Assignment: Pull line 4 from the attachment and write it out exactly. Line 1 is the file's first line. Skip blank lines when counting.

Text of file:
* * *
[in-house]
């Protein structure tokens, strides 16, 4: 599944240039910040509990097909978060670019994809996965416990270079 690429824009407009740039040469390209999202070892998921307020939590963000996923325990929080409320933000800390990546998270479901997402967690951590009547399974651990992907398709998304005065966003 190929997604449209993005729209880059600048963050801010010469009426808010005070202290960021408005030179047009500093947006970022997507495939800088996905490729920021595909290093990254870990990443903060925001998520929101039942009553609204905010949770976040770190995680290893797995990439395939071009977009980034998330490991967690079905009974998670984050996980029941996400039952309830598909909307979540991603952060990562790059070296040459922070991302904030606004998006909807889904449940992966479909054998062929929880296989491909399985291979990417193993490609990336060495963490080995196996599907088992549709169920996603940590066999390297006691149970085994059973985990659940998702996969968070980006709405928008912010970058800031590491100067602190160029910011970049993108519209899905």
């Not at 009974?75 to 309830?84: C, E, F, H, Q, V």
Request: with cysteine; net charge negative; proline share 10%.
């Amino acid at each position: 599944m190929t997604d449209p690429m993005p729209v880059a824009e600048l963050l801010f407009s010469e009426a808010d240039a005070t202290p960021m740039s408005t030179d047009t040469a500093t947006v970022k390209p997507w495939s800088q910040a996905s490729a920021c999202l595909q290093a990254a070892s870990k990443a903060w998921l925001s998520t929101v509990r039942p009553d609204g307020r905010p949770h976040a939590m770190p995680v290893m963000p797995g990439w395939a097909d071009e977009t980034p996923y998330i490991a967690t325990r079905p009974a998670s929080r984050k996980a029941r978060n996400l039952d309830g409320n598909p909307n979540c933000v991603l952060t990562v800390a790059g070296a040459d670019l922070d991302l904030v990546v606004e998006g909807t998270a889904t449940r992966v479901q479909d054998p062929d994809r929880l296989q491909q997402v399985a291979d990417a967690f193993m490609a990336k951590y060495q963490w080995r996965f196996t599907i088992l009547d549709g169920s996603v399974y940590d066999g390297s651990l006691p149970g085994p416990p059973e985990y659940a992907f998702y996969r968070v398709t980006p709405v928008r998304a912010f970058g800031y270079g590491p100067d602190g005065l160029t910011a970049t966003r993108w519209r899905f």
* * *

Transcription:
Request: with cysteine; net charge negative; proline share 10%.